Loss of Colours/Guidons

Discussion in 'Military History and Militaria' started by lancslad, Jun 6, 2007.

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  1. A previous thread made reference to the British Army's SOP of "lifting" French Eagles and other such like colours when the opportunity arose and retaining them to date regardless of various politicians bleating :D

    I'm just in the middle of a book on Waterloo and came across reference to the 69th Foot losing theirs to the French and with that started wondering the reverse of the earlier thread i.e.

    1. How many of our regiments have lost their colours/guidons to enemy action?

    2. Ref 1. - did the regiments ever get them back? If not who has them now?

    A third question was going to be which regiment was the last to cease carrying colours into action but as I now understand one regiment still continues to do so the question is redundant - any guesses on the regiment :D

  2. Not sure on the first two but an answer to your potential third question would be the Royal Artillery, there guns are their colours(or so they keep telling me), they have also lost them on a few occasions :p
  3. That's the answer I had as well. Any Gunners out there can provide an explan?

  4. The ACC, of old, actually gained their lanyard form the RA for taking over the guns in a battle, the RA's being replaced with a white one.
  5. Laing’s Nek 1881 is memorable as the last occasion that a British regiment took its colours into action. The 58th were led up the hillside by Lieutenant Baillie carrying the Regimental Colour and Lieutenant Hill carrying the Queen’s Colour. Baillie was mortally wounded while Hill won the Victoria Cross bringing casualties down from the hillside.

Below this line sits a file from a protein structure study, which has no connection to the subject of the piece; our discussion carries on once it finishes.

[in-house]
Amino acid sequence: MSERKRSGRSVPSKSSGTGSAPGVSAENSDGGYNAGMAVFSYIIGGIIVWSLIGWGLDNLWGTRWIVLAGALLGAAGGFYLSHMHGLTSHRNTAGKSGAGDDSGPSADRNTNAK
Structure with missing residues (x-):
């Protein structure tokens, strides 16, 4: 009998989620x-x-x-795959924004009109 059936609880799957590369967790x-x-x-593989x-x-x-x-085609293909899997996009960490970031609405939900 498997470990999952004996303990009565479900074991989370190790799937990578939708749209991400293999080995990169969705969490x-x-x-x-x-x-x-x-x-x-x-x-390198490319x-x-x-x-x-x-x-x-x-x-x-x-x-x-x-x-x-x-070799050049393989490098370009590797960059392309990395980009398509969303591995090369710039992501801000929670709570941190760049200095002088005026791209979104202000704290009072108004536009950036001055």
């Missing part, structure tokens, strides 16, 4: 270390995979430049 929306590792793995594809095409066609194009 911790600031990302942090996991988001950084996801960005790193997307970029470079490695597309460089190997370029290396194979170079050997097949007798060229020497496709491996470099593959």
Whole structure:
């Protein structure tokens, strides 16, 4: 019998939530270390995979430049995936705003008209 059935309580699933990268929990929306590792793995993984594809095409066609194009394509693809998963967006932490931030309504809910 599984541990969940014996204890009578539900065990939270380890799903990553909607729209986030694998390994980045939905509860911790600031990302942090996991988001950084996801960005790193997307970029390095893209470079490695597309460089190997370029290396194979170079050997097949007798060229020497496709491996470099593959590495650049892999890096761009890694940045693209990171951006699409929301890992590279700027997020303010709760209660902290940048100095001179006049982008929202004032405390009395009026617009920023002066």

Hill passed the two colours to Sergeant Budstock for safe keeping; a necessary concession to the realities of late 19th Century combat.

    The 58th became the 2nd Battalion of the Northamptonshire Regiment. The colours remained in service, carefully repaired, until the disbanding of the battalion after the Second World War and can be seen in the Regimental Museum in Abington Park, Northampton.
  6. (Not a wah.)

    So, do the Colours stay in the UK then? I'd heard tell that they did follow the regiments out to Iraq and Afghanistan, but were kept at a relevant HQ.

    Sounded spurious, but it's a nice idea.
  7. Not that load of old bawlocks again. :roll:
  8. Not RA however you may appreciate the info below, sounds like a Sapper joke to me. Or would that be a Sapper Double Bluff!? :? :p :lol: :wink:


    Origins of The Lanyard & The classic "Sapper Leg-pull"

    There has long been a tale-usually told by Sappers-about the Gunners wearing a white lanyard for cowardice, allegedly for deserting their guns. Of course, the story is nothing more than a piece of leg pulling. The tradition of ‘winding up’ stems from the age-old rivalry between the two ‘sister’ corps founded under the Board of Ordnance and trained together in Woolwich. However, I am still being asked by Gunners whether this story is true, so it is time it was put to rest.